For those women who experience these each time, eating more tomatoes can contribute to alleviating some of the symptoms.
Tomatoes have manganese, which has been shown to help relieve some symptoms, such as headaches, depression, irritability, and mood swings.
Calcium and magnesium, which also have a similar effect, are also present in tomatoes (92).
Likewise, vitamin B6 has been shown to help reduce breast tenderness, cramps, nausea, tiredness, headaches, and acne breakouts (93).
By eating tomatoes, you can take in these nutrients, which can allow you to live life normally without hormonal changes affecting your performance in regular activities.
You can actively take your life into your own hands by not letting your menstrual cycle control how you go about it.
Tomatoes and Muscles
Muscles are about so much more than just aesthetics.
They are important for helping you maintain your overall health.
They improve insulin sensitivity by storing glucose in another way, helping you avoid insulin resistance and diabetes (94).
They also help make dietary protein available to all your organs (95), but particularly important is in helping your body move and perform different activities.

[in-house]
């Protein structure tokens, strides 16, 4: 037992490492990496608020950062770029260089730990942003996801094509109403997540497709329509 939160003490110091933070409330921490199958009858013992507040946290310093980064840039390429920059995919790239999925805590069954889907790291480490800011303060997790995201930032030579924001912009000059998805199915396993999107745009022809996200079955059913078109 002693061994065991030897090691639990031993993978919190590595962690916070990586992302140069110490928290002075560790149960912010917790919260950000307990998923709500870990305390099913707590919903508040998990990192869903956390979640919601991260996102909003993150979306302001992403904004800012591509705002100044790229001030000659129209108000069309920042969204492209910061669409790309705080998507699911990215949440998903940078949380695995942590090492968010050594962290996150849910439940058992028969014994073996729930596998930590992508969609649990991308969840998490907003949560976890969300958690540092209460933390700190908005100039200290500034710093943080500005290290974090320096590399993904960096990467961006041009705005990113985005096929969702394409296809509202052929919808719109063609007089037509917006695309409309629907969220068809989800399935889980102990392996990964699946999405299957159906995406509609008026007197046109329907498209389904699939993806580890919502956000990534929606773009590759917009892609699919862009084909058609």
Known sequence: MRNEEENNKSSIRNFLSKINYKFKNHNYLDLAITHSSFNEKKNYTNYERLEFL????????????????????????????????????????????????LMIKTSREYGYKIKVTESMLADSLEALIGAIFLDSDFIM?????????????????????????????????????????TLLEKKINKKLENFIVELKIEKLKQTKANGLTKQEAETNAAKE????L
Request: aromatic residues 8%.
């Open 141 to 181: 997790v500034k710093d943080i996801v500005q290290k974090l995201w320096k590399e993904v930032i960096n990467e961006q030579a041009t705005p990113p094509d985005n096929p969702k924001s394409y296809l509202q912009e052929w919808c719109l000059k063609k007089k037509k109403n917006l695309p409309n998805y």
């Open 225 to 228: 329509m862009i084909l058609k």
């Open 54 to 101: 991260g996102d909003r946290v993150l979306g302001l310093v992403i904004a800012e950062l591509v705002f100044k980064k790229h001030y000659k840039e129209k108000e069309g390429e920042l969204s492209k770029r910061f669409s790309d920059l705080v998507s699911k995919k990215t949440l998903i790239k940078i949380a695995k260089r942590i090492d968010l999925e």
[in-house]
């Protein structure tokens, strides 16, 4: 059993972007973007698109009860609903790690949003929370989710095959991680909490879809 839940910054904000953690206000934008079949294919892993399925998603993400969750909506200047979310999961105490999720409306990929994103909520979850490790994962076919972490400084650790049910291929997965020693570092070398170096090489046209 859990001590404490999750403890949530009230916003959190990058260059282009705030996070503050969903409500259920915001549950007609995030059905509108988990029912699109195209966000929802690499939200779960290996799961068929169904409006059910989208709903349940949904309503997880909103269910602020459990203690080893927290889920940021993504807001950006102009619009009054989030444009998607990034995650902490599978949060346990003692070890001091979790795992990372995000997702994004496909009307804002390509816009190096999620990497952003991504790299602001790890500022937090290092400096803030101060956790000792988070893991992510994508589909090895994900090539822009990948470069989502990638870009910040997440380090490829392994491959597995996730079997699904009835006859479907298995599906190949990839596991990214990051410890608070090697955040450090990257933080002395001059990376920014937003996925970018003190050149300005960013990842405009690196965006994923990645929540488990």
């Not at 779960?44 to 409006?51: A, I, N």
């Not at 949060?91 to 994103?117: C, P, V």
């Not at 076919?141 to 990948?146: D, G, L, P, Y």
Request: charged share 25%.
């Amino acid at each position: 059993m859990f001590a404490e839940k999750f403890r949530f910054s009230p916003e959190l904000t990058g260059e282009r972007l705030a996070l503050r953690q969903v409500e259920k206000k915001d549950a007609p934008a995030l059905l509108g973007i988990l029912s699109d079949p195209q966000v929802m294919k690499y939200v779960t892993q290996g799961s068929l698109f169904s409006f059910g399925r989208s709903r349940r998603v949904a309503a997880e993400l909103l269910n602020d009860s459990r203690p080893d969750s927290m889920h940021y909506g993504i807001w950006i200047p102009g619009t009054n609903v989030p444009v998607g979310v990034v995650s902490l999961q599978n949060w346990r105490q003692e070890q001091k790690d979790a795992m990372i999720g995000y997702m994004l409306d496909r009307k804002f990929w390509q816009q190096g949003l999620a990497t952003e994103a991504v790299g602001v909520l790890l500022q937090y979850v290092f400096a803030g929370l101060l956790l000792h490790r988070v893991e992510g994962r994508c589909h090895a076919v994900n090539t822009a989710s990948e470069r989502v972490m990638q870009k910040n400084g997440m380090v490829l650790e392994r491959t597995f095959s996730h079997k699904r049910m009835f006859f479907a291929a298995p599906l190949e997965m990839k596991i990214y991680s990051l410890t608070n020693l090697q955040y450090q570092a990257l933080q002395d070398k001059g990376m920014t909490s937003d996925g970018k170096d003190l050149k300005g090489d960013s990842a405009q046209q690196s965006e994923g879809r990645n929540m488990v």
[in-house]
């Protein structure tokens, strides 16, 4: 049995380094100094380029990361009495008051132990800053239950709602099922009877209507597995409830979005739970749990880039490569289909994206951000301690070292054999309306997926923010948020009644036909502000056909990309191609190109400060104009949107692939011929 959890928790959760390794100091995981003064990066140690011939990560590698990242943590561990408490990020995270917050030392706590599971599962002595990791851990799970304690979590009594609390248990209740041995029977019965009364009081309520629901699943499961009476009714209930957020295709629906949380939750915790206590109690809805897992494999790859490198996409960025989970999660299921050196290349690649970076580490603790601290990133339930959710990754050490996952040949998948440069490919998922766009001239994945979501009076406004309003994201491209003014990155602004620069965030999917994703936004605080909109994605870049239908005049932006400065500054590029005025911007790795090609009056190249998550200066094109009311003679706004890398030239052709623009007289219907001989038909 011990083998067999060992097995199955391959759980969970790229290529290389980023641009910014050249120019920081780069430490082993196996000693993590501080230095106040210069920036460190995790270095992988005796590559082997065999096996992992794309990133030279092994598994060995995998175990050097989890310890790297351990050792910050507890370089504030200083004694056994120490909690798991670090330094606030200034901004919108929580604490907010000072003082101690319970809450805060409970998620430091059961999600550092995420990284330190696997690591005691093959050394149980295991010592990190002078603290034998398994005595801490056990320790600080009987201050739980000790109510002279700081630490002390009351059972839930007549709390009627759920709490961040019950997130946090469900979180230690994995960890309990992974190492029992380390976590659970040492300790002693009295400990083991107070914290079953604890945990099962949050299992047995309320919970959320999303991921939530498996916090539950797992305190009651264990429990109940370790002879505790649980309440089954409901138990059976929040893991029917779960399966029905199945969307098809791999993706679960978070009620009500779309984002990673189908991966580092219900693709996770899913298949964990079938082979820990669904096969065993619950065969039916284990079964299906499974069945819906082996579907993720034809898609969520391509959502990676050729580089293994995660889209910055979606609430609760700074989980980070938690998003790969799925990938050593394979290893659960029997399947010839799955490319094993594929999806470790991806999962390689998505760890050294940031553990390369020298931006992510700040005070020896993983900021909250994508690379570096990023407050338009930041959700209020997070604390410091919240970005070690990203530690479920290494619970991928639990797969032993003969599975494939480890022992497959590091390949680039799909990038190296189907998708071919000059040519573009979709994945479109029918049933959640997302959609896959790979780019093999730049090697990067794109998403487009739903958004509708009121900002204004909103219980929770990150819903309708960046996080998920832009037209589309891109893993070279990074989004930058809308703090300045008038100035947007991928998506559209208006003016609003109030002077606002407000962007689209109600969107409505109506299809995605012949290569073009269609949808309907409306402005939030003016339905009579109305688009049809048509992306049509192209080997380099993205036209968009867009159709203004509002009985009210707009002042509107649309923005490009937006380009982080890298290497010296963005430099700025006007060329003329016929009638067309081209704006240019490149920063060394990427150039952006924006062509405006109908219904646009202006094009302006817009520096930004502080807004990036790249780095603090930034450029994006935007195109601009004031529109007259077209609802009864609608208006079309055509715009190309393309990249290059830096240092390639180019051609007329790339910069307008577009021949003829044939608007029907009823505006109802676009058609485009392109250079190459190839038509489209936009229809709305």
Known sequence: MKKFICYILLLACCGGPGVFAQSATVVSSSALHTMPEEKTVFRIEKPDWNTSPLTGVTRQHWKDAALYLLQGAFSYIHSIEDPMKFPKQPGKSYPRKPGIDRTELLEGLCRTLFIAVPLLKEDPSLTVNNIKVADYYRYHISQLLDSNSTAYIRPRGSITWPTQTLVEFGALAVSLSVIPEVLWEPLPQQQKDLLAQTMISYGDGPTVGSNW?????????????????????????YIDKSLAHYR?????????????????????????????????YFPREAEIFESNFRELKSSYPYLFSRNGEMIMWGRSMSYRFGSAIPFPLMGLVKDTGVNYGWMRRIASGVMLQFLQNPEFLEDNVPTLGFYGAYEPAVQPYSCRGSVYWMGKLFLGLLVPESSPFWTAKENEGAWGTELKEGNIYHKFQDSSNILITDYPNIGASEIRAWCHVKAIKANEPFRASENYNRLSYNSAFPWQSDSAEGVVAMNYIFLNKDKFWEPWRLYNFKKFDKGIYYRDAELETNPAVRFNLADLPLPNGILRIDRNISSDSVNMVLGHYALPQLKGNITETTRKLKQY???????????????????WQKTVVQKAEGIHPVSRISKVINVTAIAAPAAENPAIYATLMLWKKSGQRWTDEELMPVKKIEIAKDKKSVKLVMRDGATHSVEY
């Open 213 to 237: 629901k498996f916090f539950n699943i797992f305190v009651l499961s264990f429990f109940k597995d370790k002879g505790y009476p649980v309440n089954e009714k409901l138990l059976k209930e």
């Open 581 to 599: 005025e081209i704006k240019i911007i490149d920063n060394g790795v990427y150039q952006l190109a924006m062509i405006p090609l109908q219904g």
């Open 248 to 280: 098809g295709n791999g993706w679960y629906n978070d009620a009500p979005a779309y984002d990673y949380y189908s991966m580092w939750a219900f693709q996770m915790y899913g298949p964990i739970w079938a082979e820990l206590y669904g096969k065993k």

They let you go about your regular activities and also ensure that your joints are in good shape.
It is important for you to see that you’re taking care of your muscles too.
You can do that to some extent by eating more tomatoes, particularly because of their potassium content.
Potassium assists your muscles in contracting and relaxing (96).
It also helps your heart, which is also a muscle, squeeze blood into the bloodstream every time (97), thus stabilizing the rhythms of your heart.
Too little potassium, or hypokalemia, can cause muscle cramps during activities, which can be painful and inconvenient (98).
Another benefit is that it promotes the growth of muscle cells and ensures that energy is used effectively by those cells (99).